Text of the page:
Certainly, his life has changed enormously in the space of a week. When he flew to London, he was little known outside Episcopalian circles. When he flew back, the American Airlines crew were in raptures. ‘They all wanted selfies,’ he says. ‘Except the pilot. He kept on flying.’

So who is the Most Rev Curry, the charismatic preacher installed in 2015 as head of the country’s wealthiest Christian denomination? He was the first African-American elected to the post and today heads a church with more than three million followers, 90 per cent of whom are white.

In a religion not given to ecclesiastical ostentation, the 65-year-old bishop is well known for his lusty, fire-breathing Southern Baptist-style preaching, embellished with rhetorical flourishes, repetitions and plenty of ham and cheese.

Born in Chicago, he is married to Sharon, a choirmaster and organist. The couple have two adult daughters; Elizabeth is a teacher, while Rachel is ‘a self-employed mother’ who shares online posts about her struggles with lupus.

At home, Dad is a hero, an American football fan who supports the Buffalo Bills and is a keen cook. ‘Oh, I am a spaghetti master! I can do an Italian spaghetti like you wouldn’t believe. You would think I was Italian the way I can cook it,’ he says.

He tells me his great-great grandparents were slaves, his great grandparents were sharecroppers and that preaching runs in the family. ‘My daddy was an Episcopal preacher, my granddaddy was a Baptist preacher, the daddy before him was a preacher, too, but we don’t know which kind.’

He grew up in Buffalo, in upstate New York, where his mother, Dorothy, was a mathematician. His father, Rev Kenneth, was involved in civil rights. He once told his children he might have to go to jail, explaining: ‘You must always be willing to give yourself up for a higher cause.’

Tragedy struck the family in the Sixties when Dorothy suffered a brain aneurysm. She was in a coma for a year before she died. Michael and his siblings, then teenagers, would visit her every day, do their homework by her side and pray.

His mother was Baptist, and didn’t switch to the Episcopal faith until she read Mere Christianity by C. S. Lewis. His father also switched, after he saw how Episcopalians welcomed a black woman into the fold. However, grandma Nellie never switched.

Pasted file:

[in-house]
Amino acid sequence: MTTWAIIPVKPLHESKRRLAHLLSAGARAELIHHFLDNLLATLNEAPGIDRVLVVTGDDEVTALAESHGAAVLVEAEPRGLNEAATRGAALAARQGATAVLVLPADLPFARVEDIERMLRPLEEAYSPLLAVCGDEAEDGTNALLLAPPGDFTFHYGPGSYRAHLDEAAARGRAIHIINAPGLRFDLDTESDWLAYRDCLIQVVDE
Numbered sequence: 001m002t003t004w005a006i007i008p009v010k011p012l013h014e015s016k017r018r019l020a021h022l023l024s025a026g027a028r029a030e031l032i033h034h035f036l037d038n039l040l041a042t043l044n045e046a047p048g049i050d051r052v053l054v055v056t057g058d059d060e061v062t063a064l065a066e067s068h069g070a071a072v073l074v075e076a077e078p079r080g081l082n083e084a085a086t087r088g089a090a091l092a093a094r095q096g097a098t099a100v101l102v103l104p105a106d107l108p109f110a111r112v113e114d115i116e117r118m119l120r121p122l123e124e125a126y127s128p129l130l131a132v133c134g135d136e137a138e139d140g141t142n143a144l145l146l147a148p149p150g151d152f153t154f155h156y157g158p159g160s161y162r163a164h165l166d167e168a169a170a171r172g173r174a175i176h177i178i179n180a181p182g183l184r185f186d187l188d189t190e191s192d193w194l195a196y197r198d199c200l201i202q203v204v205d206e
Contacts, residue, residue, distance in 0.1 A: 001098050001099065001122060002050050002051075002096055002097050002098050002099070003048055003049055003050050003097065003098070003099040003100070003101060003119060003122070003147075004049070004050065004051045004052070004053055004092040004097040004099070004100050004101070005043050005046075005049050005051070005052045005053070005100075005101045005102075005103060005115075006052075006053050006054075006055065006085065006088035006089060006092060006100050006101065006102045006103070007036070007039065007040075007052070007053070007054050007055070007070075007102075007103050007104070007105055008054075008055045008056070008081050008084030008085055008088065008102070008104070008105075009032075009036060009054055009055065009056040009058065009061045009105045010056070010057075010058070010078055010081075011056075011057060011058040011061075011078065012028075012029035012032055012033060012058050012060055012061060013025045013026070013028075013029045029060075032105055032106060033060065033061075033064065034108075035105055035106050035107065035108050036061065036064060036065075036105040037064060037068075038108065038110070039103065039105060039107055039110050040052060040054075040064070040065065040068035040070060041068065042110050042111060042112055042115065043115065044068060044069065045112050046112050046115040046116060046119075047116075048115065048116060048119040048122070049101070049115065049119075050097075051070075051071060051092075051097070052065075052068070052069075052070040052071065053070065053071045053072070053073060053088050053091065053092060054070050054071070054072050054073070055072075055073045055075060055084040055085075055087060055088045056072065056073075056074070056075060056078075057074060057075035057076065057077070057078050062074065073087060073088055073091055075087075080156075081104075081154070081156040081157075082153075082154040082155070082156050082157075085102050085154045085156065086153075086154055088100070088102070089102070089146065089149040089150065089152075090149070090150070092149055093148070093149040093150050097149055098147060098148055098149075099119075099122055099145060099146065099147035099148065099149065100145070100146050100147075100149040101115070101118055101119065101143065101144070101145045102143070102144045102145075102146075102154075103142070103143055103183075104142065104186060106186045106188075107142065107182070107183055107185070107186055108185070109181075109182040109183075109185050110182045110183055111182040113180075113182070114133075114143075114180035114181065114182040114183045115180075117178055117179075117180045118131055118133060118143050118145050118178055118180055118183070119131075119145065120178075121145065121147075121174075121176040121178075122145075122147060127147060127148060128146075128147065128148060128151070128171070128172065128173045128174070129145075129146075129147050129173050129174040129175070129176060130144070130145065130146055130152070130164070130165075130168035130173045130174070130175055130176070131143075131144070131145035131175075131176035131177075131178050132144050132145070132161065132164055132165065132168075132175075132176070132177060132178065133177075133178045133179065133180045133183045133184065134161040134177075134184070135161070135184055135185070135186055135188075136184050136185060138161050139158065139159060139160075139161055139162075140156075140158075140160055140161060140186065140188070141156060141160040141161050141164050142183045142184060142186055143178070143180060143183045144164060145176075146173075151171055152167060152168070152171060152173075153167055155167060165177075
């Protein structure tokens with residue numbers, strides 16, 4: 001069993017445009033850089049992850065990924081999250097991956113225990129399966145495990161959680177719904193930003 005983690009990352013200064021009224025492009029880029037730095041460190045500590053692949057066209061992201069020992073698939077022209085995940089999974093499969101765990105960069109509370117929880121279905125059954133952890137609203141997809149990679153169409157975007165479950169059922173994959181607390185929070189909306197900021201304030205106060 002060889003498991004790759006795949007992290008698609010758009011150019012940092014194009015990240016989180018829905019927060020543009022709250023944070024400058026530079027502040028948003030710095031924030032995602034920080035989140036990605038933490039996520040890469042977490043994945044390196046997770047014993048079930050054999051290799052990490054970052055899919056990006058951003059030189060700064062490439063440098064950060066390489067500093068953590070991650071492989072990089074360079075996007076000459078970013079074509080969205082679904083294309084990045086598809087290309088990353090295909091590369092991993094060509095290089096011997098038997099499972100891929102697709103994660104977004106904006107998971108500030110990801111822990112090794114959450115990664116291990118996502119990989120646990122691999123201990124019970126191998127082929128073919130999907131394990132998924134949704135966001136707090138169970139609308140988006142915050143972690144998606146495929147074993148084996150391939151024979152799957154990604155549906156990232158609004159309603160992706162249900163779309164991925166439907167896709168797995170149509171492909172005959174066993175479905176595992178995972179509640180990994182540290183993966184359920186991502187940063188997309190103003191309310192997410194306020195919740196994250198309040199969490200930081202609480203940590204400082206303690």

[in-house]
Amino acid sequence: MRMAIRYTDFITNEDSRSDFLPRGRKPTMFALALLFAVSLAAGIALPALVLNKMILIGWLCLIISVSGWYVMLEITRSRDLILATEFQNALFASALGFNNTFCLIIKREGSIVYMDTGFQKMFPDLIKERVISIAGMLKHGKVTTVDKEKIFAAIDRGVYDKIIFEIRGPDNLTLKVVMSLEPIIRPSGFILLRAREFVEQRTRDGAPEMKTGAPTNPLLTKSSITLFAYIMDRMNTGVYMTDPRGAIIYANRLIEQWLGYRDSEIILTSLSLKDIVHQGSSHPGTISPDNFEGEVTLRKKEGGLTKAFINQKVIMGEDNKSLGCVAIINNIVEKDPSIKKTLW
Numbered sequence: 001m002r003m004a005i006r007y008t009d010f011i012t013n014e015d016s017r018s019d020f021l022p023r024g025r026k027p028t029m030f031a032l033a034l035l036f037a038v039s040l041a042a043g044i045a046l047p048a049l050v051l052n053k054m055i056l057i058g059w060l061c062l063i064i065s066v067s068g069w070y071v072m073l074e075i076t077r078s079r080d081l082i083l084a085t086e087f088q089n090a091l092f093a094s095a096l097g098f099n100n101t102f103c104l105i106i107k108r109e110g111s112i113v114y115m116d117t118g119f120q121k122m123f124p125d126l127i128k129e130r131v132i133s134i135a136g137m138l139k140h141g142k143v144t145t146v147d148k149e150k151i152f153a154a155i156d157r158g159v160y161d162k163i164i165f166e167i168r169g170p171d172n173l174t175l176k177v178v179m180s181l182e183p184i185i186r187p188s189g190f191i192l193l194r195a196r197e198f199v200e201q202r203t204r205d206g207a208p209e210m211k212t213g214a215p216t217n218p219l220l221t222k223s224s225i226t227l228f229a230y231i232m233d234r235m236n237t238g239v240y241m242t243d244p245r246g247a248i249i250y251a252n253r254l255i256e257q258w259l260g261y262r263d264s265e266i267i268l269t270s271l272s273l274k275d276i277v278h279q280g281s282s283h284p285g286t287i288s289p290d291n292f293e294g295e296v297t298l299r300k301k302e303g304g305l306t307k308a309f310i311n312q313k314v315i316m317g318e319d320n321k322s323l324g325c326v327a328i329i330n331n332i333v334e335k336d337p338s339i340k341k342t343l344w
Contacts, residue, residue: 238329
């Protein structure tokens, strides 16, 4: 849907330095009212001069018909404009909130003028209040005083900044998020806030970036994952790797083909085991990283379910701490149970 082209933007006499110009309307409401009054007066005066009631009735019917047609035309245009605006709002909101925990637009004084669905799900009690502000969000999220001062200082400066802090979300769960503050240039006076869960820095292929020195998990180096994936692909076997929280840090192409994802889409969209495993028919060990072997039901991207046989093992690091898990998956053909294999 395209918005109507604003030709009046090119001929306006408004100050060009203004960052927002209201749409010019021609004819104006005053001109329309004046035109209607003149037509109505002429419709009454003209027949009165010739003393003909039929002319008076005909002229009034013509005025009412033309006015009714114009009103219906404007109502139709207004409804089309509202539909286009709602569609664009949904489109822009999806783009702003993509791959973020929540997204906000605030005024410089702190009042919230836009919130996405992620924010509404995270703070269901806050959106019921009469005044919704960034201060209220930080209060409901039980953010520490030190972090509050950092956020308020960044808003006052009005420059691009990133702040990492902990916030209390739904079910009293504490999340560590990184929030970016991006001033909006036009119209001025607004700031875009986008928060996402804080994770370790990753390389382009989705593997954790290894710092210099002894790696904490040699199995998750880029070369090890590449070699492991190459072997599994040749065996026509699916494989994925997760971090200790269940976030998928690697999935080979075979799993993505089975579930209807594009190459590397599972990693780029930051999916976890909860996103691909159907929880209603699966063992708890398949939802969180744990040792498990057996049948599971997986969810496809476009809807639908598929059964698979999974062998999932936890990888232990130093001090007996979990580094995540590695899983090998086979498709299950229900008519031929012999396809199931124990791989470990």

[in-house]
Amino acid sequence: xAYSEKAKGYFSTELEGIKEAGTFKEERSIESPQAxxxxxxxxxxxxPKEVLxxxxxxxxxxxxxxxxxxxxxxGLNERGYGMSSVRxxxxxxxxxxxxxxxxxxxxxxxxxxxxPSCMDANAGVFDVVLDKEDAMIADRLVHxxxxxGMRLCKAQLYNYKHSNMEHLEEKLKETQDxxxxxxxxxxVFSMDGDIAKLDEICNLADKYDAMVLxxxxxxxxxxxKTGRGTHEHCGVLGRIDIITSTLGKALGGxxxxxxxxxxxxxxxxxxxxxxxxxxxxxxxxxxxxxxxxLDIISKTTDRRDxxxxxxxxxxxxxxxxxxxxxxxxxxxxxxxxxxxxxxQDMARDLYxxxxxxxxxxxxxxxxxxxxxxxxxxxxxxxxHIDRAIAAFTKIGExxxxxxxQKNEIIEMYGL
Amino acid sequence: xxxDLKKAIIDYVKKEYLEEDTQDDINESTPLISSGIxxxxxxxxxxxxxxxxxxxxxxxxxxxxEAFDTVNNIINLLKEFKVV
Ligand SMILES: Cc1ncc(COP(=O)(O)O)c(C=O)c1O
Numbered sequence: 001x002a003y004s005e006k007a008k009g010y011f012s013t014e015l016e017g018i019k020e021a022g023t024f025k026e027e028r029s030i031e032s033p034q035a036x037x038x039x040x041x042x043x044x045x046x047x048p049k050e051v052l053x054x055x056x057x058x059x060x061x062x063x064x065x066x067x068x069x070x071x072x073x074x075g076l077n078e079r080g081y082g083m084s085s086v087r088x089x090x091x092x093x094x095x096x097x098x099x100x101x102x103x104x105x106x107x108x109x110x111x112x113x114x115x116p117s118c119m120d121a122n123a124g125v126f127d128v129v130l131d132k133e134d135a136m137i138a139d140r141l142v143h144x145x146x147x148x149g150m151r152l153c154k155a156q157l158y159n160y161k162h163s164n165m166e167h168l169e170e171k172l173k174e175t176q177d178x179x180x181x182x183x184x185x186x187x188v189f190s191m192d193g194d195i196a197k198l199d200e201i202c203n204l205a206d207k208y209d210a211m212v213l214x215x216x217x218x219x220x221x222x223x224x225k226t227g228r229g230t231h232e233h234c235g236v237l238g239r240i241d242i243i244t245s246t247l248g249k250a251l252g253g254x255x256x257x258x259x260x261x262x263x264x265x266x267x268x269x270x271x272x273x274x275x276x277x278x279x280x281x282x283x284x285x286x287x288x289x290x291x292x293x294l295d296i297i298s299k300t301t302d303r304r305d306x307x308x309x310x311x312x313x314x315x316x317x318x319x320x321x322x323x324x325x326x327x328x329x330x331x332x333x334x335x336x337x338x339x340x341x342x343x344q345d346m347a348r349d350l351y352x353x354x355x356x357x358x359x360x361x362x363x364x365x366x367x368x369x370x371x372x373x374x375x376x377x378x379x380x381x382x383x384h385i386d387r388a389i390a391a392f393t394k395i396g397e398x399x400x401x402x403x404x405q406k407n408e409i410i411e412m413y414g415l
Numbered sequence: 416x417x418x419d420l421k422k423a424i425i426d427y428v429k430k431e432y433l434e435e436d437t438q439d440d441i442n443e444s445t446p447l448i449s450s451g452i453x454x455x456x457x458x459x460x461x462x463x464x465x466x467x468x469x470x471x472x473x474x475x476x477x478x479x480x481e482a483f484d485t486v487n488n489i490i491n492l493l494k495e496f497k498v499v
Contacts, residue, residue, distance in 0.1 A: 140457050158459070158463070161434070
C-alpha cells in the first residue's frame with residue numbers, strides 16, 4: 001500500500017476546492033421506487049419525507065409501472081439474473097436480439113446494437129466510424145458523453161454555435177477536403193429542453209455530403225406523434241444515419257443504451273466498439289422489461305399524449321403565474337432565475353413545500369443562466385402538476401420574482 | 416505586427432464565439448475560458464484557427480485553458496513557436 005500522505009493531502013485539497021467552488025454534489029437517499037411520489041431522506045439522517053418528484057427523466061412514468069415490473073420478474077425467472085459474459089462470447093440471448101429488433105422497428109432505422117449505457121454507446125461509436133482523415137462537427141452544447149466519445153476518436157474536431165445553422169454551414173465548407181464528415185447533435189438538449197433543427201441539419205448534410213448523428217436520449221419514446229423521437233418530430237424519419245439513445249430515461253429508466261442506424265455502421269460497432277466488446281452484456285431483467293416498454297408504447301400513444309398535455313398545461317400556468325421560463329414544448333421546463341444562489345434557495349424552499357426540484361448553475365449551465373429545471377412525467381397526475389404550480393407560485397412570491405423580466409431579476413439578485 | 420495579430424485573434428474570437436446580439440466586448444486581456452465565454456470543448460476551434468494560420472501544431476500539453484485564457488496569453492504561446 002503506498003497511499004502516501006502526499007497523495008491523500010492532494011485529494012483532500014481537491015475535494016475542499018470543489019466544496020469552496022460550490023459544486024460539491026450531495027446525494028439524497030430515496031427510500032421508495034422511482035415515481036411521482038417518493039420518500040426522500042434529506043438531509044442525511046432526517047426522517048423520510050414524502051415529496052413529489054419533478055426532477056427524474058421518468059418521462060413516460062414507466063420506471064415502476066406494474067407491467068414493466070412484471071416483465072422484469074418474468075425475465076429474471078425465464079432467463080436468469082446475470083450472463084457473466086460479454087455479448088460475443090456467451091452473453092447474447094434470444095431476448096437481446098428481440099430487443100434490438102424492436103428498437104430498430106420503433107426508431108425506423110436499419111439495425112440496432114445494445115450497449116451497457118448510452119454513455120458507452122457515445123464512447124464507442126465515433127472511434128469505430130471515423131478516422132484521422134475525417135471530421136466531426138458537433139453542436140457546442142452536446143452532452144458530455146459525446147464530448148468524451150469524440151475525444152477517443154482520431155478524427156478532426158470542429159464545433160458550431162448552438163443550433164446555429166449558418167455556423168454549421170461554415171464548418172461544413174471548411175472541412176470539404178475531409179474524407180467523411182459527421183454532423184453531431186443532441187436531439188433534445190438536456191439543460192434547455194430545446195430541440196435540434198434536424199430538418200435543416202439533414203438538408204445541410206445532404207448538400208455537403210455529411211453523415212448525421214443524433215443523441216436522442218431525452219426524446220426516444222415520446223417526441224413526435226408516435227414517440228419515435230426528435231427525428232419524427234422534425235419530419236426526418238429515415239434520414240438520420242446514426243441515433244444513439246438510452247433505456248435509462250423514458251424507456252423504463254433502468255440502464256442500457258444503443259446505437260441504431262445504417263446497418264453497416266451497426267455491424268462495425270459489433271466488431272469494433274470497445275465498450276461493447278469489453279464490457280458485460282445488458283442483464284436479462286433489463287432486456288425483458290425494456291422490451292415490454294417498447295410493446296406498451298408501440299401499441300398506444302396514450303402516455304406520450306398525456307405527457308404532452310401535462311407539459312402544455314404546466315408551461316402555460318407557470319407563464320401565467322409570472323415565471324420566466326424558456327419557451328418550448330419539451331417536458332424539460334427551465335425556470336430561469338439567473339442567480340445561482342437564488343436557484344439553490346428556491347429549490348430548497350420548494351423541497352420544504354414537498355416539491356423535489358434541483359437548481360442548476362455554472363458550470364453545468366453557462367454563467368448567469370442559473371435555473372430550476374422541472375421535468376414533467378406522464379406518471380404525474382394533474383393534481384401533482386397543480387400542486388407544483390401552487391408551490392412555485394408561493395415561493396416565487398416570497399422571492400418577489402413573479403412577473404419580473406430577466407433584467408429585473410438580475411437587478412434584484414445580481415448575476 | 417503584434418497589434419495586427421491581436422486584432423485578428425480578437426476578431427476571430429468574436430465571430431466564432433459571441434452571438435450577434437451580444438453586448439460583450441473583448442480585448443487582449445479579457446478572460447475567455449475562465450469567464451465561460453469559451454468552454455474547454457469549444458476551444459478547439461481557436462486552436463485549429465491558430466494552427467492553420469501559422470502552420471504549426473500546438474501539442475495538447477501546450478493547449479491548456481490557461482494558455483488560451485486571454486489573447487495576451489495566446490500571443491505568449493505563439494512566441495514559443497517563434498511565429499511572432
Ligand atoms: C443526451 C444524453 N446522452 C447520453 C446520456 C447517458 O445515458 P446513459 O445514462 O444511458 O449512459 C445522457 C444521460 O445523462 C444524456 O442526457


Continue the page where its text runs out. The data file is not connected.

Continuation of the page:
‘That led to some interesting discussions,’ says Rev Curry, who attended Yale Divinity School.

As a schoolboy, he worked as a volunteer on Robert Kennedy’s 1968 presidential campaign. As a man, he has been compared to Pope Francis for his open and positive messages. All of which led him to Windsor, and to his own date with destiny. So how did his big moment come to pass?

The Reverend was ‘happily minding my own business’ when the call came from Lambeth Palace to his office in New York, inviting him to preach at the Royal Wedding.

‘I said: “What? Get outta here. April fool or what? You have to be kidding me.” Then, when I realised they really were serious, it began to sink in. I couldn’t even tell my wife for a month. When I did she said: “Michael, get outta here!”, too.’

Everything happened so quickly. He arrived at Lambeth Palace on the Thursday and first met Harry and Meghan on Friday at the wedding rehearsal.

On Saturday morning, he had coffee and two slices of toast with jam for breakfast, ironed his own robes and felt nervous.

In the chapel he did his bit, channelled the spirit of grandma Nellie and got his preach on. ‘Afterwards, I sat down and thought to myself: “I hope that was OK.” ’

At the reception afterwards, he spoke briefly to the Duke and Duchess of Sussex, who thanked him, but he appears not to have had a meaningful conversation with any other royals, including HM. ‘I didn’t formally meet the Queen, no,’ he says. ‘She was there at the reception and I saw her briefly. You nod to the Queen, if she speaks to you, you speak back. We nodded,’ he says, and laughs.

A cold little nod from afar? No Prince Charles giving him a slap on the back? Sometimes the Royal Family seem very weird indeed — or perhaps they were shell-shocked from the bishop’s fire power.

The rest of the world has taken this lovable clergyman to their hearts. Back in DC, it is time for the bishop to gather his flock and march on the White House.

A frisson of rock-star excitement ripples around the gathered Episcopalians as he clomps off down the church steps in his big shoes.

They follow as he goes out into the warm velvet night to spread God’s word and put more good love into this bad, bad world.

Brothers and sisters, I may be more blessed than thou, but do I hear an amen? Amen.



Comments are closed.